Small business subcontracting improvements

The DoD, GSA, and NASA published proposed revisions to the Federal Acquisition Regulations (FAR) on June 10,  2015 in order to implement the changes made by the Small Business Administration (SBA) in its final rule which was published July 16, 2013. The changes stem from the Small Business Jobs Act of 2010 and include amendments to FAR subparts 1.1, 2.1, 15.3, 19.3, and 52.2.

Highlights of the changes include granting the Contracting Officer the authority to require a Small Business (SB) Subcontracting Plan (SP) from those SB awardees who have grown large and are required to rerepresent their size based on the criteria in FAR 19.301-2 provided that the contract contained the FAR Clause 52.219-9 “Small Business Subcontracting Plan.” Also, the new language authorizes Contracting Officers to establish additional SBSP subcontracting goals in terms of total contract dollars (currently, the SB Subcontracting Plan only requires the percentage of dollars planned for subcontracting to small businesses to be based on the total amount of money that will subcontracted. For example, if the total contract value is $1M and the total amount planned to be subcontracted is $250,000, and of that $250,000, $100,000 is planned to go to SBs – then the percentage planned to be subcontracted to SBs is 40%. But, using the total contract value of $1M, the percentage being subcontracted to SBs is only 10%.) It isn’t clear whether the use of the phrase “in addition to the goals established as a percentage of total subcontract dollars” is meant to reflect the establishment of different goals or just allows an additional way to calculate the percentage of the same dollars being spent on subcontracting to SBs.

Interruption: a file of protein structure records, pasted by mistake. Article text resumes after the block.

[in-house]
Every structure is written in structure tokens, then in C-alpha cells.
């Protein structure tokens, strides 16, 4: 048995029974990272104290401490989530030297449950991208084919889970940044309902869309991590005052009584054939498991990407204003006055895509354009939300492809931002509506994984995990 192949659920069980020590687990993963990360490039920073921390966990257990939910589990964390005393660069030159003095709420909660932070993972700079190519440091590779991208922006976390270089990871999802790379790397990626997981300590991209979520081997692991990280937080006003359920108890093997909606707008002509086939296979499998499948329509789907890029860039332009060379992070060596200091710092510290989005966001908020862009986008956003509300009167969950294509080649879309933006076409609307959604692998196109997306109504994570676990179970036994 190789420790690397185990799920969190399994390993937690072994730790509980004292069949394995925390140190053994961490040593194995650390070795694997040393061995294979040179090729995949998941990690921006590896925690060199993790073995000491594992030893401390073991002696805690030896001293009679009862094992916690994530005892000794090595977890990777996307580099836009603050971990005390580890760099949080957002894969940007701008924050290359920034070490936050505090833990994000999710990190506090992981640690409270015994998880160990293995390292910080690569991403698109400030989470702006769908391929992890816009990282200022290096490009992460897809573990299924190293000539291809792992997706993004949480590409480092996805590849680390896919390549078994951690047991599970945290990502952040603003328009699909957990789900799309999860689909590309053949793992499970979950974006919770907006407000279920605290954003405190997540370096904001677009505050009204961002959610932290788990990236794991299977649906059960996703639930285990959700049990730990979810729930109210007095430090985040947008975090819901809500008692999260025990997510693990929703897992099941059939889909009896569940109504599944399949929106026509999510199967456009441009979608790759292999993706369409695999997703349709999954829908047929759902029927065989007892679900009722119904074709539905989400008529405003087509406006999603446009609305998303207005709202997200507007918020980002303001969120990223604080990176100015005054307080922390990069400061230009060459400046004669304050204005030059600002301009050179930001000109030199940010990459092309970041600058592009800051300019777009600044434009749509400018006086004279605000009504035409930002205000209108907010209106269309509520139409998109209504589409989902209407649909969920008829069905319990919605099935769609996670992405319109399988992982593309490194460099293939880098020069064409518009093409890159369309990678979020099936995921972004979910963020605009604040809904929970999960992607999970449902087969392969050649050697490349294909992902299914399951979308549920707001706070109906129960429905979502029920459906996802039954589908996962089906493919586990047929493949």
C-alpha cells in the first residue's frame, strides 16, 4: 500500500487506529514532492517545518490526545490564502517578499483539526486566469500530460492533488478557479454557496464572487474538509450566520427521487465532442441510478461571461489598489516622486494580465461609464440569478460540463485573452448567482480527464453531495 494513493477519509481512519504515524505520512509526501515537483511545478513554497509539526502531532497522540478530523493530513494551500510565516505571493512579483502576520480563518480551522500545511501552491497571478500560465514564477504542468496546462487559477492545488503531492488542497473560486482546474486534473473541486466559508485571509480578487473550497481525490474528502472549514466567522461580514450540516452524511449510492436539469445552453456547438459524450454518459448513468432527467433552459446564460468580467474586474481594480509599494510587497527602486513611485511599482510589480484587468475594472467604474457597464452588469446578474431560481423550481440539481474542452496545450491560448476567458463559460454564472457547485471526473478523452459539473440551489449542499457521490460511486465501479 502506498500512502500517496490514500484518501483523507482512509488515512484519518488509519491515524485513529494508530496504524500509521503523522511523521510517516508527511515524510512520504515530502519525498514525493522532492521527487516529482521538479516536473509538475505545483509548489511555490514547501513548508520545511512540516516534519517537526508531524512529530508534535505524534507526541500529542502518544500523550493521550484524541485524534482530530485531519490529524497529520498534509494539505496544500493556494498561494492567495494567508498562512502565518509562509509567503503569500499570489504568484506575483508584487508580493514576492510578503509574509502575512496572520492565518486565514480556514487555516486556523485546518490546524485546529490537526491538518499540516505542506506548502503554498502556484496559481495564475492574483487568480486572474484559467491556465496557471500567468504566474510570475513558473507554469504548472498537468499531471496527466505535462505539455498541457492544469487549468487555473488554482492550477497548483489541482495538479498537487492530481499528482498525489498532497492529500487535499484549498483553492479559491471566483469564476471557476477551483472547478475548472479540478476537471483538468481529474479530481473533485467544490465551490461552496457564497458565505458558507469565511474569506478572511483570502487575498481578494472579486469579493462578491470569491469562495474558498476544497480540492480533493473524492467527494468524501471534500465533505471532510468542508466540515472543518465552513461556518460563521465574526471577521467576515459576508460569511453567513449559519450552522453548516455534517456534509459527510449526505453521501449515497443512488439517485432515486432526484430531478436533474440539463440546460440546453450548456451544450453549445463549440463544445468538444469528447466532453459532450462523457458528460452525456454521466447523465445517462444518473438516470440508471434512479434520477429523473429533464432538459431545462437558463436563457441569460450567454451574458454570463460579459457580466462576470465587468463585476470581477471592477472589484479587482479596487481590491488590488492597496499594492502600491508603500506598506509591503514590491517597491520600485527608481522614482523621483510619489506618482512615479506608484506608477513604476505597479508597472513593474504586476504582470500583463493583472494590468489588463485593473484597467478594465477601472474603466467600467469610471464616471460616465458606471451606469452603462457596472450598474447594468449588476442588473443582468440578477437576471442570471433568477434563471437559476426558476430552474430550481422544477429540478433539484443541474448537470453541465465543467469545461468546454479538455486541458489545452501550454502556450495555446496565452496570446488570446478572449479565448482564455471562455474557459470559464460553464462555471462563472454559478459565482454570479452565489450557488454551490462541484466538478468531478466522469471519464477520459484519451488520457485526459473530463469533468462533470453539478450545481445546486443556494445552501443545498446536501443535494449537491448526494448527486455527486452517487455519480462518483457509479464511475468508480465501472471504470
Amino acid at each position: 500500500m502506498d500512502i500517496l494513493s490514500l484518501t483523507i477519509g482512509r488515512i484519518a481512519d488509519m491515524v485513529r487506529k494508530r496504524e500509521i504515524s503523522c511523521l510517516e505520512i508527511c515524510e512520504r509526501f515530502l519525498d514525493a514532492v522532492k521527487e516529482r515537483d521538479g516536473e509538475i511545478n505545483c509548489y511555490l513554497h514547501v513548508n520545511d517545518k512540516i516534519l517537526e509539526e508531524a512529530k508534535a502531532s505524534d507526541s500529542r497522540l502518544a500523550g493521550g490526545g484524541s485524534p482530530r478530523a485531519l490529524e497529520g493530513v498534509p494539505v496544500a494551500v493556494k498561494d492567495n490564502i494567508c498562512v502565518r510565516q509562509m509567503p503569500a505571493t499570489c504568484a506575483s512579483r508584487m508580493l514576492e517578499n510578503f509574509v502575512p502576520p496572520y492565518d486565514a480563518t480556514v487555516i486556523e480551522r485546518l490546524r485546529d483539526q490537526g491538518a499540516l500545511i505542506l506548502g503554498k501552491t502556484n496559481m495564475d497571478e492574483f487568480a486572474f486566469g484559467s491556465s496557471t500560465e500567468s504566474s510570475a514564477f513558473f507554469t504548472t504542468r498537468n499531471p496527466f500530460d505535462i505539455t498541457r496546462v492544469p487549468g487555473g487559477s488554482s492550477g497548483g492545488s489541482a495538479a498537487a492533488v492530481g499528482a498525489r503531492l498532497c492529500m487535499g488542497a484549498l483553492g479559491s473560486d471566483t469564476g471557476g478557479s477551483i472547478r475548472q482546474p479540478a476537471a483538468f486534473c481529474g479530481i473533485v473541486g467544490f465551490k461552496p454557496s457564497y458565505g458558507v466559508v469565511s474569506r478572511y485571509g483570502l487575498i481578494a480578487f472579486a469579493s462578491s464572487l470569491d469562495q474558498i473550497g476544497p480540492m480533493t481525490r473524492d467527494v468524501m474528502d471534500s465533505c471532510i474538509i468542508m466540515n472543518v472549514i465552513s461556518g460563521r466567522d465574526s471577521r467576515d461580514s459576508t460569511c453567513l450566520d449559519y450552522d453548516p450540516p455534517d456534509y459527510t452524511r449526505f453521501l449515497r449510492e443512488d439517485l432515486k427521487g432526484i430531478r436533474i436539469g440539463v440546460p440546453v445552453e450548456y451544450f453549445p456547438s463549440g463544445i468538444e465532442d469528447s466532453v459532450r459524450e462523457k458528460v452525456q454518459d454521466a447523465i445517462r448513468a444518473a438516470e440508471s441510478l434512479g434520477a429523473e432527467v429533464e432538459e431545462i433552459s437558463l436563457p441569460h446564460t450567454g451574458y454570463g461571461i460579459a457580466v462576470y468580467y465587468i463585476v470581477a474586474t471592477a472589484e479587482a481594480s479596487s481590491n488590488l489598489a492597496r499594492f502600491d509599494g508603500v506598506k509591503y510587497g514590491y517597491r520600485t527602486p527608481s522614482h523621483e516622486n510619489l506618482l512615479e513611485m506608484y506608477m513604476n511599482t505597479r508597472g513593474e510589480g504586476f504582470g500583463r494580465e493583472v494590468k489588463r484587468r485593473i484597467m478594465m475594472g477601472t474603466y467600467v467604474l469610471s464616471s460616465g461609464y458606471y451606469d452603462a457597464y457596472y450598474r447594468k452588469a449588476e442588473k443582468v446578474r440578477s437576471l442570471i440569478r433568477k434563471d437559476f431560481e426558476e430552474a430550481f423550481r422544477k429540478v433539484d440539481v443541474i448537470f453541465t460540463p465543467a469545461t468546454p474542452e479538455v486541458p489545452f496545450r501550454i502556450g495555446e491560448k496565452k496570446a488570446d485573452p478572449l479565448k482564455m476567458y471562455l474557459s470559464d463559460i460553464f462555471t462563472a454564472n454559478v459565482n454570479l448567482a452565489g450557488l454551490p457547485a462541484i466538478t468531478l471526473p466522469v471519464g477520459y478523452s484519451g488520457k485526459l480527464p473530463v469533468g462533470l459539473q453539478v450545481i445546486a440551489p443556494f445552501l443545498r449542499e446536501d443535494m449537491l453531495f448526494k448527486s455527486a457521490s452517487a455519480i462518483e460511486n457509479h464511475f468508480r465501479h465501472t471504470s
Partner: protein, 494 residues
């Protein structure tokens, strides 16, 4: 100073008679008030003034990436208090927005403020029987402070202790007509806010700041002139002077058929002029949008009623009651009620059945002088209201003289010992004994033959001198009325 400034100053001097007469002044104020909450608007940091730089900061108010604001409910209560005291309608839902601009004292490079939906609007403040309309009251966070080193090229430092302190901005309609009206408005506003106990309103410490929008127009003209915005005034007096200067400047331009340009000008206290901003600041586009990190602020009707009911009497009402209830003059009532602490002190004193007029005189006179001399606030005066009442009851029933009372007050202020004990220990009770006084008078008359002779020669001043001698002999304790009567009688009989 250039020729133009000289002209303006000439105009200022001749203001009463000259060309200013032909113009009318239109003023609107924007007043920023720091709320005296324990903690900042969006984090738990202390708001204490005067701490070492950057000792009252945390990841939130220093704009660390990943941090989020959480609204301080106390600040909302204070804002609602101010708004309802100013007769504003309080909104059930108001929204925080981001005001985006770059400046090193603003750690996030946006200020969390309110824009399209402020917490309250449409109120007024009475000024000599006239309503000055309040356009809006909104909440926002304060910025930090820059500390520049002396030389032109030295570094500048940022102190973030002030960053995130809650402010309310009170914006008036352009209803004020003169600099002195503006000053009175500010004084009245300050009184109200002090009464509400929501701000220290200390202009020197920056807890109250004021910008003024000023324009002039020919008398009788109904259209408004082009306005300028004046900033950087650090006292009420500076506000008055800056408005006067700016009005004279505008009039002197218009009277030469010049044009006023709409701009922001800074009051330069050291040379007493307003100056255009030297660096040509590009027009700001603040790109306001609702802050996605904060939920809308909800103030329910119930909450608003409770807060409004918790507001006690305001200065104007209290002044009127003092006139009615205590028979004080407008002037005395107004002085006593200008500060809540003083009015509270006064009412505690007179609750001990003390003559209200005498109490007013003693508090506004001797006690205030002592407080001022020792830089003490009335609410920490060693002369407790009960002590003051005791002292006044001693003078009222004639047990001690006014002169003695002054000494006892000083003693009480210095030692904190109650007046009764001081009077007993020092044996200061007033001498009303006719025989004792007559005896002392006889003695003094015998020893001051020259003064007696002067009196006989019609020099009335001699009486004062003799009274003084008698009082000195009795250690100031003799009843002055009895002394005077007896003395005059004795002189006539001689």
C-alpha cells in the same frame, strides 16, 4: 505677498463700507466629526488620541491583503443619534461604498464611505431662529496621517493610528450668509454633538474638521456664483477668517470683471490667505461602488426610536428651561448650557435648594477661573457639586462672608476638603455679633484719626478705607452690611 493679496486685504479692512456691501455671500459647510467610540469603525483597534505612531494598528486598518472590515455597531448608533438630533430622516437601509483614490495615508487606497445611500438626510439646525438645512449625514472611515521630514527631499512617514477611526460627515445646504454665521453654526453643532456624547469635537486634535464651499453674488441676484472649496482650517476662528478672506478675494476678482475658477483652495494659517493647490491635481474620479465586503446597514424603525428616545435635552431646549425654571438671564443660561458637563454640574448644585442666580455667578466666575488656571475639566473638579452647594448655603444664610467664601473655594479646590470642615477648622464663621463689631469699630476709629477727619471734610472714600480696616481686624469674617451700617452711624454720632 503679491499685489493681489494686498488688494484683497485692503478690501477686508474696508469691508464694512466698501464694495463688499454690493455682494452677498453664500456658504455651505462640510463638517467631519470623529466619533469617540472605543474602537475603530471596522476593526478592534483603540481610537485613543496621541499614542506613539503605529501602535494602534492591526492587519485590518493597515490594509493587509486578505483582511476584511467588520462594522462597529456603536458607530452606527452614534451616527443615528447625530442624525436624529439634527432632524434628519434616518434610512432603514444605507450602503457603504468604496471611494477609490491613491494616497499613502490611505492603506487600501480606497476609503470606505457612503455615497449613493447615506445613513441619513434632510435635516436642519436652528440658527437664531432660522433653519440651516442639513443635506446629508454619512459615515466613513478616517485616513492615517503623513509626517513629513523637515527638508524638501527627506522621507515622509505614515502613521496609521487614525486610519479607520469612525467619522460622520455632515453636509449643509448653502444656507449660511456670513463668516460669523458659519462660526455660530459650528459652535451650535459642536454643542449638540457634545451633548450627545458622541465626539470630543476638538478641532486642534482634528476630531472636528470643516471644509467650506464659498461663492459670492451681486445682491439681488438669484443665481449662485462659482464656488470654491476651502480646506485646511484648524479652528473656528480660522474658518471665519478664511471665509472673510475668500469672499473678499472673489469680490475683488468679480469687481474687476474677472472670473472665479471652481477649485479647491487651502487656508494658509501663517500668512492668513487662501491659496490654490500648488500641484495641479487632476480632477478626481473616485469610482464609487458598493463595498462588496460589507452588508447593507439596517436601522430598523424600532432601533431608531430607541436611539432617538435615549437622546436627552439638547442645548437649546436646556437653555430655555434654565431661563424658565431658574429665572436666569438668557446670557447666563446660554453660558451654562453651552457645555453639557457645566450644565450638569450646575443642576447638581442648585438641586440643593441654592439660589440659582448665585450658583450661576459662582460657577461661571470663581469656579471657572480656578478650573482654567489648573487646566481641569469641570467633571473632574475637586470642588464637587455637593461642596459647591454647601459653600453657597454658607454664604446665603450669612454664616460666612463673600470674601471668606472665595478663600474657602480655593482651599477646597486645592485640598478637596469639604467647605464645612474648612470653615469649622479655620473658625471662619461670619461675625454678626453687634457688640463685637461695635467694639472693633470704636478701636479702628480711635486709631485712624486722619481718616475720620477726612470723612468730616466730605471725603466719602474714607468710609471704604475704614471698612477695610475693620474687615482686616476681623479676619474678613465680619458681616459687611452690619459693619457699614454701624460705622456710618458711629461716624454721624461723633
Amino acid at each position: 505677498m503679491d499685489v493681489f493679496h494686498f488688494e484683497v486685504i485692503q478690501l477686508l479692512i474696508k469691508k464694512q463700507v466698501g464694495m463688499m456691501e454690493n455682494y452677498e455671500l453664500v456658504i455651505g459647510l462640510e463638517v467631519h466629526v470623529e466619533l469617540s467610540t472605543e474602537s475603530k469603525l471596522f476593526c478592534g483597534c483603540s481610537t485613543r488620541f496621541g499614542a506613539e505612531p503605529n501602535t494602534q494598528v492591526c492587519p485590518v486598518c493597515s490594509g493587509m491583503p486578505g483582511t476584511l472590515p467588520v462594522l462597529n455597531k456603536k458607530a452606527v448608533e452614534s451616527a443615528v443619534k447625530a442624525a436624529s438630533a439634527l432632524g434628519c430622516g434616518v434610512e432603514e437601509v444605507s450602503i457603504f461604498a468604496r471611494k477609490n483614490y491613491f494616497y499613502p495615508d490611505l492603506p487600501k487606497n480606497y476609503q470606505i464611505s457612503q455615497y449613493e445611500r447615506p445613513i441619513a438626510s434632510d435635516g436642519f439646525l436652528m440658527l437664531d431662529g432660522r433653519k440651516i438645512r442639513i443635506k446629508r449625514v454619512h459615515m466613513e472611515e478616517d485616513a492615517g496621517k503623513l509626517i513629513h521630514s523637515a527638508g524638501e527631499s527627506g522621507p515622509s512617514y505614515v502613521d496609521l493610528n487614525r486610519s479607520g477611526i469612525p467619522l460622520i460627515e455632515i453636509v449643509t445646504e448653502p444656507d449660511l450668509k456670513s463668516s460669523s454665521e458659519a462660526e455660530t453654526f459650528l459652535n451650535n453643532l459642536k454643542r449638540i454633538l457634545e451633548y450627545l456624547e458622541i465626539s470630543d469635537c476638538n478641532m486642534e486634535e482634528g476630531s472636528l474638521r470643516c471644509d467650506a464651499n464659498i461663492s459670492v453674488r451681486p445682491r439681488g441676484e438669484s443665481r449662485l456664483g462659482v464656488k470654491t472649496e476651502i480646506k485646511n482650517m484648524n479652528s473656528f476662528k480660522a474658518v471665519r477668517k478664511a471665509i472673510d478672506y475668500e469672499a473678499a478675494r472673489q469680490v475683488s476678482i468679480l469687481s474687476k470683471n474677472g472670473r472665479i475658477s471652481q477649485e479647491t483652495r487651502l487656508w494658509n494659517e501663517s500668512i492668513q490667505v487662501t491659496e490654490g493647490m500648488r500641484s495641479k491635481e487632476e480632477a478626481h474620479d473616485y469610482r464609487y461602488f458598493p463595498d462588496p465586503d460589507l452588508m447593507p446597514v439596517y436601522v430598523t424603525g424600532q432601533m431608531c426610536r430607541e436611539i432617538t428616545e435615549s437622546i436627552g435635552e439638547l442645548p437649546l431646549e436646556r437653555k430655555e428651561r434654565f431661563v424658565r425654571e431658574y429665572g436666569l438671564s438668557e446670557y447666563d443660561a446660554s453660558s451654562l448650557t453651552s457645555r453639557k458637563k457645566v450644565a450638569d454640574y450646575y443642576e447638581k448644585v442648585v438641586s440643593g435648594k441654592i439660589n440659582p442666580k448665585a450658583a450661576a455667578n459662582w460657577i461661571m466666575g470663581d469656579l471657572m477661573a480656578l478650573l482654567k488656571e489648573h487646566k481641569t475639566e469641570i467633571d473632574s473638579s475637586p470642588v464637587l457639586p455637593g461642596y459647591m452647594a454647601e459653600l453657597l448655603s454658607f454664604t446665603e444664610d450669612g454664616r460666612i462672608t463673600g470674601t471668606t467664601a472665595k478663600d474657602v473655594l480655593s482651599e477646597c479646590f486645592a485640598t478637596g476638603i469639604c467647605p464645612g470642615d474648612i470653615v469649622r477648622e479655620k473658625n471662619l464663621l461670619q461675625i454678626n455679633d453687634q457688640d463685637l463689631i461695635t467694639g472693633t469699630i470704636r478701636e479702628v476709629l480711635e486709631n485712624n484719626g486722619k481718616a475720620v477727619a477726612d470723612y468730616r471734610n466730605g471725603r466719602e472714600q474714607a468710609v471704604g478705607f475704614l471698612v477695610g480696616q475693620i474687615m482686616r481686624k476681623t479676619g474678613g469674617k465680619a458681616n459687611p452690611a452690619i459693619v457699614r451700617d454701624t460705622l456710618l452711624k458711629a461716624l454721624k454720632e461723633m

Another notable change is reflected in the new language in FAR 19.703 in discussing what a prime contractor may rely on to determine whether a subcontractor is small. First, the prime decides what NAICS code is appropriate for the product or service being subcontracted. Then, the prime may accept a subcontractor’s representation of its size/status for that NAICS code if (a) the subcontractor is registered in the System for Award Management (SAM); and (2) the subcontractor represents that the size/status representations made in SAM are current, accurate and complete as of the date of the offer for the subcontract. If the subcontractor is not registered in SAM, the prime can rely on the subcontractor’s written representations that the size/status representations provided with its offer are current, accurate, and complete as of the date of the offer for the subcontract.

In addition, language has been added to the FAR reflecting the SBA’s requirements that an offeror will make assurances in their SBSP to make a good faith effort to “acquire articles, equipment, supplies, services or materials, or obtain the performance of construction work from the small business concerns that the offeror used in preparing the bid or proposal…” and that the offeror “will not prohibit a subcontractor from discussing with the contracting officer any material matter pertaining to payment to or utilization of a subcontractor… .”

For the complete rule and all proposed changes, see The Federal Register, Vol. 80, No. 111, June 10, 2015 which can be accessed at Comments are due by August 10, 2015.

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